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Note: if you are not reading this blog post at Disperser.Wordpress.com, know that it has been copied without permission, and likely is being used by someone with nefarious intention, like attracting you to a malware-infested website.  Could be they also torture small mammals.

<><><><><><><><><><o><><><><><><><><><o><><><><><><><><><>

Please, if you are considering bestowing me some recognition beyond commenting below, refrain from doing so.  I will decline nominations whereby one blogger bestows an award onto another blogger, or group of bloggers.   I appreciate the intent behind it, but I would much prefer a comment thanking me for turning you away from a life of crime, religion, or making you a better person in some other way.  That would actually mean something to me.

Should you still nominate me, I will strongly suspect you pulled my name at random, and that you are not, in fact, a reader of my blog.  If you wish to know more, please read below.

About awards: Blogger Awards          About “likes”:   Of “Likes”, Subscriptions, and Stuff

Note: to those who may click on “like”, or rate the post; if you do not personally hear from me, know that I am sincerely appreciative, and I thank you for noticing what I do.

. . .  my FP ward  . . . chieken shit.

About disperser

Odd guy with odd views living an odd life during odd times.
This entry was posted in Black & White, Flowers, Photography Stuff and tagged , , , , , , , , , , , , , , . Bookmark the permalink.

33 Responses to Flowers in Focus

  1. Massi says:

    Bellissime Emilio!!!!

    Like

  2. sandra getgood says:

    I always enjoy looking at your flower pictures….especially in the winter, when the bright colors are particularly appealing. This post, however, is now one of my favorites, because of the brilliant and very funny narrative. If I had to pick a favorite description, I’d have to pick “pissed-off delphinium.” But it’s all good, and thank you for (once again) brightening my day!

    Like

    • disperser says:

      Thanks you, Sandy, for the encouraging words.

      The pissed off delphinium was not noticed until after I processed the photo . . . always a pleasant surprise finding new stuff in addition to what I originally shot. Like finding a double yolk when cracking open an egg.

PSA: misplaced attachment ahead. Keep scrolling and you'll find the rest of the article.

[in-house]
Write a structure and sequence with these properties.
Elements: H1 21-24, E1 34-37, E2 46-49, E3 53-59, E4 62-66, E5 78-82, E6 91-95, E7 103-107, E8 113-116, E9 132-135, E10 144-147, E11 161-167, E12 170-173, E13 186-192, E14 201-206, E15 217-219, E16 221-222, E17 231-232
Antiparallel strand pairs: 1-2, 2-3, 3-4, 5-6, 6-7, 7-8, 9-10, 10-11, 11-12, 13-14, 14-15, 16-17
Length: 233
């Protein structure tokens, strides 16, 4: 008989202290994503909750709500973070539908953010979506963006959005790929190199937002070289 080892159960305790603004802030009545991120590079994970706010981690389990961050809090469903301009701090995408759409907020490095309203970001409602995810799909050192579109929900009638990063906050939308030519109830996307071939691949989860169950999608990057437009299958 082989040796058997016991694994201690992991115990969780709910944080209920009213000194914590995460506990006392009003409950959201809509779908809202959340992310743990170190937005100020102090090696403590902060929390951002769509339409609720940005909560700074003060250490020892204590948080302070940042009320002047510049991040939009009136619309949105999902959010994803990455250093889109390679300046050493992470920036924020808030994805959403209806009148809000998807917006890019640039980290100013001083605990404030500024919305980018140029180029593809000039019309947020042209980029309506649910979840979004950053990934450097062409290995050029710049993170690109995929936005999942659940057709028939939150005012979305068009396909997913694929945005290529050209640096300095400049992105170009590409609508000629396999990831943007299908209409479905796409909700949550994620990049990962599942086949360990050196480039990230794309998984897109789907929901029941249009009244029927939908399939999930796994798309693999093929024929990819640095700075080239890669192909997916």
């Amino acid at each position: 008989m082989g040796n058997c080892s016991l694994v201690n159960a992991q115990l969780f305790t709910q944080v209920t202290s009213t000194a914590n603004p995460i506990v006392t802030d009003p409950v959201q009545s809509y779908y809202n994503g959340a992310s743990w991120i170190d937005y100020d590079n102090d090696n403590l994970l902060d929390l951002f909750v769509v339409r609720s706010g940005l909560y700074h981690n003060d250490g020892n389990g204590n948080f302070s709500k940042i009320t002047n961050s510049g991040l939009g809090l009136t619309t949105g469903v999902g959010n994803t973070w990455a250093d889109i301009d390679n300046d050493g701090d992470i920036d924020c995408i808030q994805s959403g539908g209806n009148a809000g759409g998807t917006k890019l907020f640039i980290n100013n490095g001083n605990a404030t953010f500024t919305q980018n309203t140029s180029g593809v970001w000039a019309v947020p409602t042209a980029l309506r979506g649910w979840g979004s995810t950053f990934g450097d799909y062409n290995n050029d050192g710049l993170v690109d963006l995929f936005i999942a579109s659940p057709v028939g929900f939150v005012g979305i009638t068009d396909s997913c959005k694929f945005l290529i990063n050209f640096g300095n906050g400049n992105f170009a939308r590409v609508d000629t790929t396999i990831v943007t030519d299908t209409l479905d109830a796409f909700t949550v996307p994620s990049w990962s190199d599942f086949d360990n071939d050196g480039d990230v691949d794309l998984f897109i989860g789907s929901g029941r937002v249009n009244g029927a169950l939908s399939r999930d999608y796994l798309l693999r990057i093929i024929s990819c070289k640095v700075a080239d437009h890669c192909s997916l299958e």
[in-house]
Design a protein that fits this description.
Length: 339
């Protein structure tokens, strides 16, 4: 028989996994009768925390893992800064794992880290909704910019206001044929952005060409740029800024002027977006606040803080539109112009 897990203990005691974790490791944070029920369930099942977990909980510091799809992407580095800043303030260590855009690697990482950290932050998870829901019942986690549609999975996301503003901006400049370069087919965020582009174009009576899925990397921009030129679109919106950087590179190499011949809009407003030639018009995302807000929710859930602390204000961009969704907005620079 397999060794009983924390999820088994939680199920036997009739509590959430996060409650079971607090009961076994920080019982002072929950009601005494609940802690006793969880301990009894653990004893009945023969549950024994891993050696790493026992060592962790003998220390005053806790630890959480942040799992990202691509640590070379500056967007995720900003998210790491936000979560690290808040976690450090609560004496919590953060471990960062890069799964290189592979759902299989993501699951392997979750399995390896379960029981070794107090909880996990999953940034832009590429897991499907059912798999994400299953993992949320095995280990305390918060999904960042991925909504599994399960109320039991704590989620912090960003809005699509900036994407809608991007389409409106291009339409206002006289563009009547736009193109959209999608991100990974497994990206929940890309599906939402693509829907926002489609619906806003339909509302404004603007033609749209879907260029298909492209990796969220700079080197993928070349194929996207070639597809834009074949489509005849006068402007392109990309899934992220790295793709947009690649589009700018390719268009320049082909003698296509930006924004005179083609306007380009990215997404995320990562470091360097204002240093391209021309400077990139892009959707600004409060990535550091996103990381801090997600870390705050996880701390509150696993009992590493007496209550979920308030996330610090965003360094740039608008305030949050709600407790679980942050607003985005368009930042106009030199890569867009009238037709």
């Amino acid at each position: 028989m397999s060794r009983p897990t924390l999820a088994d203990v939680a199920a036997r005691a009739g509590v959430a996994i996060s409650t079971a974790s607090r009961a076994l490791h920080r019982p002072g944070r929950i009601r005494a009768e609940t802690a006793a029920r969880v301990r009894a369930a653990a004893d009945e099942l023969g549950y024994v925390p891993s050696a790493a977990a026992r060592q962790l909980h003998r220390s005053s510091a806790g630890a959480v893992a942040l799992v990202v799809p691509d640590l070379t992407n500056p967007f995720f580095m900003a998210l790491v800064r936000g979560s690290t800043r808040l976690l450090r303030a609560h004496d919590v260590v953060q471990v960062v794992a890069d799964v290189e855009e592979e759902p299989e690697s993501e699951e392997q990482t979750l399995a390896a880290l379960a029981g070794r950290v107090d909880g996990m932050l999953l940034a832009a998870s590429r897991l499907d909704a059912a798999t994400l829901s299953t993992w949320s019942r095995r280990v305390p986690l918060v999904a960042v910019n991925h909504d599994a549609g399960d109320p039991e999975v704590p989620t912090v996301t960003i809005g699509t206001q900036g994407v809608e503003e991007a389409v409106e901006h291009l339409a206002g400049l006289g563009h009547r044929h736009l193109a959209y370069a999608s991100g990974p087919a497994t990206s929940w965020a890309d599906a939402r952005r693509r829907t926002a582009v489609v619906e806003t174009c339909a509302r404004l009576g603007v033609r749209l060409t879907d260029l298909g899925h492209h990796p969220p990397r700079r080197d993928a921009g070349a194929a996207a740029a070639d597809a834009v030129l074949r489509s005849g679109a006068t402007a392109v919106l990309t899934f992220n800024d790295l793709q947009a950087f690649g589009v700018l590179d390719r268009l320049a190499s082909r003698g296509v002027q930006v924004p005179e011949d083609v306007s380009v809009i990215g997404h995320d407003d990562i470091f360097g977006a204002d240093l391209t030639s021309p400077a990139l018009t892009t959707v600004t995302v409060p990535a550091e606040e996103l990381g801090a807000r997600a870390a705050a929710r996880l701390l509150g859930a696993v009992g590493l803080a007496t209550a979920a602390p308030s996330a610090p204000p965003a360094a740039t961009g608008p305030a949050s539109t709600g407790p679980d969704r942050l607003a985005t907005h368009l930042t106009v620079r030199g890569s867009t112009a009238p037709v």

Like

  3. mvschulze says:

    First I’d like to say I did make it to the end this post despite your rigorous efforts to stop me. But I didn’t read the beginning… (yet)
    Second I would like to thank you for making me late to a breakfast appointment, walking the dog and even taking a shower. My life is screwed.
    This is the first time I’ve read your dribble, and frankly find it falling off the chair funny! Suburb Pictures, and hilarious comments. I’m hooked! M :-)

    Like

  4. oneowner says:

    My sympathy goes to Guido. I had a job very much like his and it sucked. Otherwise, good post.

    Like

  5. colonialist says:

    A goodly number and variety, indeed. Not fare for the butterfly blogger who flits and sips.
    You may have some botanists diving worriedly into their journals to see if they’ve missed some name changes!

    Like

  6. disperser says:

    So, not gonna happen, then.

    Like

  7. As usual, I’m blown away by the color and detail you show us. Bee and Salvia is amazing!

    Like

    • disperser says:

      Thanks . . .

      . . . although I was mildly disappointed not one person mentioned my extraordinary drawing skills. I thought the dead gnat was a spectacular effort to bring to life (figuratively) the annoying little sh*ts.

      Like

      • Oh the dead gnat was awesome! But it came before the bee, and the bee shoved everything else out of my mind. I do love that gnat though. I might put it on my desktop for a while. ;-)

        Like

        • disperser says:

          Now, why don’t I believe that?

          Still, lesson learned . . . in the future, drawing masterpiece after bee and salvia. Check!

          Like

        • In all truthfulness, I did laugh at your gnat. And I *am* going to put it on my desktop, so the next time I FaceTime with the granddaughter, it will be easy to show her. She’ll get a kick out of it. :-)

          Like

        • disperser says:

          . . . ah . . . it’s not PG-13. If you will notice, that particular hitgnat made a rude gesture before being caught between a palm and a hard place.

          . . . maybe she won’t notice.

          Like

  8. Millie Ho says:

    Great photos. What attracts you to flower photography?

    Like

    • disperser says:

      Mainly convenience . . . these are in my garden every year, and it’s easy to go out and shoot them.

      The fact they are beautiful have great textures, great details, and the occasional bugs are all plusses. However, my photography is as varied as I can make it. That said, animals, places, plants, birds, inanimate objects . . . anything but people.

      Like

  9. Good fucus. A lot of very beutiful ones, and I am (again) amazed of how many… ;)

    Like

  10. AnnMarie says:

    Veramente un bellissimo post-o da passare tempo divertendomi e apprezzare la bellezza della natura. That said, I want to add that your narrative is particularly entertaining. Ben fatto!

    Like

    • AnnMarie says:

      Oh, by the way, I was sad (for a bit) at the reminder of the passing of the Como Delights. I, and your other siblings, are in total agreement as to their rightful place in the All Time Favorites category!

      Like

      • disperser says:

        Mi sono divertito a scriverlo.

        And yes, when I think about what the world has lost, I weep for humanity. Literally billions of people not only never knowing the taste of Comos, but cruelly denied the change to experience it.

        In that regard, I often wonder if I should even mention Comos . . . it seems almost cruel to describe them so to people who can only dream about them.

        Like